Wednesday, March 17, 2010

Health Care Mess

  The battle for health care reform is nearing a very ugly conclusion. The Democrats are angling for ways to pass the bill without a climactic final vote since the Republican and Tea Party machines are salivating at the chance to use the vote as a media tool to wrest congressional power from the democrats in November. The main opposition argument that the bill shouldn’t pass since the majority of America is against seems stupid to me. After all, when the majority of Americans wanted to get all the troops out of Iraq, along came the famous ‘surge’. At least with the surge, the Republicans stood up for what they believed in, public opinion aside. I would be more encouraged to see the Democrats pass health reform with a vote and show the country that they believe it will make our country stronger. The way they are handling this does not inspire my confidence.

  I want health care reform. Since I have been a contractor for the last 2 years, I bought my own health insurance. It does not cost much more than I could get by working at a company, but the problem with private insurance is that if anyone in my family gets sick, the insurance companies will find some reason to cancel my policy or make it unaffordable for me to continue purchasing coverage. The insurance companies are absolute snakes and any meaningful health care reform needs to put them out of business and have the government as the only insurer so they can set the rates for the insured, hospitals, doctors, etc.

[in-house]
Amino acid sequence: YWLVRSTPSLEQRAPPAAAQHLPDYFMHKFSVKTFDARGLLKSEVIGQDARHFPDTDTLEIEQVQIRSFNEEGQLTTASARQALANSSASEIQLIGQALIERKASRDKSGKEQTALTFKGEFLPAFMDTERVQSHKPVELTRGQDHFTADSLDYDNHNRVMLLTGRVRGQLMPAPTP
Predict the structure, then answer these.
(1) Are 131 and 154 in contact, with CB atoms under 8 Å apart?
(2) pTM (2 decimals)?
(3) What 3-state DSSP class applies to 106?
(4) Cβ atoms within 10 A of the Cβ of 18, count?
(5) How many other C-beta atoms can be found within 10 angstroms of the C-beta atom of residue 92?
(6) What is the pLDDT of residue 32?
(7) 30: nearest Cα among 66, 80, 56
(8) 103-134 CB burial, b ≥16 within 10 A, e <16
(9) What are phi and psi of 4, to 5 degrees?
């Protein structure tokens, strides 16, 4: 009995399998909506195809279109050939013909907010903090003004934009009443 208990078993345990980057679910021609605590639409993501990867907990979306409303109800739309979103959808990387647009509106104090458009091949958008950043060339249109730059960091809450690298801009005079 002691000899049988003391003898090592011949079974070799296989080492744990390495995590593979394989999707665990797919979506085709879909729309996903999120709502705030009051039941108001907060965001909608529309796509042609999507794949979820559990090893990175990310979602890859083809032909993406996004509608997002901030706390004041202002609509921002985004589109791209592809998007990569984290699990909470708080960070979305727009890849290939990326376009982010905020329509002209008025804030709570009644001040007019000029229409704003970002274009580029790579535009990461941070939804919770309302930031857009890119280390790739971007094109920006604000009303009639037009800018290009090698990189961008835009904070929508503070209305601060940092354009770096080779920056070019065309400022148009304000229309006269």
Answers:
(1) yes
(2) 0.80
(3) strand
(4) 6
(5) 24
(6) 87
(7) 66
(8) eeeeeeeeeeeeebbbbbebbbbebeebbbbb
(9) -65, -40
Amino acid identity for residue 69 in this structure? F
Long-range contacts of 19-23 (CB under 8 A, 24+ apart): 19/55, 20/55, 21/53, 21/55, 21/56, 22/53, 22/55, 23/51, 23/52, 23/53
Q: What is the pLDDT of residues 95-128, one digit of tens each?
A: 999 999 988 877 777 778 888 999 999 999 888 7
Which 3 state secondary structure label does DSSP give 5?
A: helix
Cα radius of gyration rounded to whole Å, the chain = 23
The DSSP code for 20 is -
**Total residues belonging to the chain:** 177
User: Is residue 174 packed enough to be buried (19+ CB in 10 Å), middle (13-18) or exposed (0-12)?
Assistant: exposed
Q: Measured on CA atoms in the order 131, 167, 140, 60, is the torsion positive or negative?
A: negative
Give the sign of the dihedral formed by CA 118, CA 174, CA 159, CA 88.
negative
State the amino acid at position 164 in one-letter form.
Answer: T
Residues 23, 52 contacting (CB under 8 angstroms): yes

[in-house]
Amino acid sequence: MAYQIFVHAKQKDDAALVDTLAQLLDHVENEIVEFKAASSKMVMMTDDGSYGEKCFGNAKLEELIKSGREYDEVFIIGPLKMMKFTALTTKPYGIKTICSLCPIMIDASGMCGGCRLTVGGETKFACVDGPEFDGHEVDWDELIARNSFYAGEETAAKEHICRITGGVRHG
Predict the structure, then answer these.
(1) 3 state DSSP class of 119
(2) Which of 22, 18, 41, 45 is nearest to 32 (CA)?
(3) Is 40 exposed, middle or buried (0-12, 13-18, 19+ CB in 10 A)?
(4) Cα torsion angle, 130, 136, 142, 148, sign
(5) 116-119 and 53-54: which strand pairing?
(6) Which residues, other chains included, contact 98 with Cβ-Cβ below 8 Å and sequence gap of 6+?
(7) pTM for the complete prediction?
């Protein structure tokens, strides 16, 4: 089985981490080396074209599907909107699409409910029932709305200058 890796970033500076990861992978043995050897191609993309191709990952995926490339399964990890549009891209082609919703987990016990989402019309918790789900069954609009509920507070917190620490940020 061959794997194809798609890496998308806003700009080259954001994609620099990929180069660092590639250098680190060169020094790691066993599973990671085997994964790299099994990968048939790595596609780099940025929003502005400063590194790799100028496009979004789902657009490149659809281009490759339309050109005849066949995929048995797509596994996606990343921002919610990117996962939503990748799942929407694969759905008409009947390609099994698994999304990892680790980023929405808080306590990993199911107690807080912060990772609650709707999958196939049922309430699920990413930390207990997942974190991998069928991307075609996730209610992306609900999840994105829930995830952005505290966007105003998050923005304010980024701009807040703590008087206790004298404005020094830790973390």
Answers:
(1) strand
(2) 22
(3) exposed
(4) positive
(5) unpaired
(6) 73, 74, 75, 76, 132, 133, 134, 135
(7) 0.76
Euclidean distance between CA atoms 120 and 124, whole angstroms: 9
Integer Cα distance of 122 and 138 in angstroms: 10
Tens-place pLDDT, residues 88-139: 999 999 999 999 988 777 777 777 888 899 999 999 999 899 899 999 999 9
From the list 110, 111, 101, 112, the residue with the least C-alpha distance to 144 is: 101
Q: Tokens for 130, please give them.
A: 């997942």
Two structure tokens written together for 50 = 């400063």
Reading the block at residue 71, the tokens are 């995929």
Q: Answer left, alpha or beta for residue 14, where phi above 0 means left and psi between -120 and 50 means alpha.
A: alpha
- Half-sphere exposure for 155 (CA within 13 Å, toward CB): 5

The current health care reform is a sham in that uninsured people will be covered but there is no cost savings. The extra costs will be borne by making everyone purchase coverage. This is a boon to the insurance companies (more people to write policies for) and the medical industry (no charity cases that can’t pay), but it does nothing to contain treatment costs. This means that we will still have to pay hundreds of dollars for a few minutes of a doctors’ time, thousands of dollars for the work of the emergency room or a specialist, and hundreds of thousands of dollars in the event of a cancer or heart attack. Until the costs are contained, health care will remain a mess and no amount of insurance reform will resolve that.

  The biggest problem with cutting costs is that we (including me) want to cut the other person’s costs, but when we are sick, please spare no expense. How much would costs go down if the entire country decided not to visit a doctor, buy prescriptions, or go to a hospital for a month? This would never happen and the doctors, hospitals, insurance companies, and politicians know this. That is why they can get away with practices that would not work in any other industry. Would you get a car repaired without getting an estimate? No, but we when we are sick, we will do whatever we are told without asking for the cost.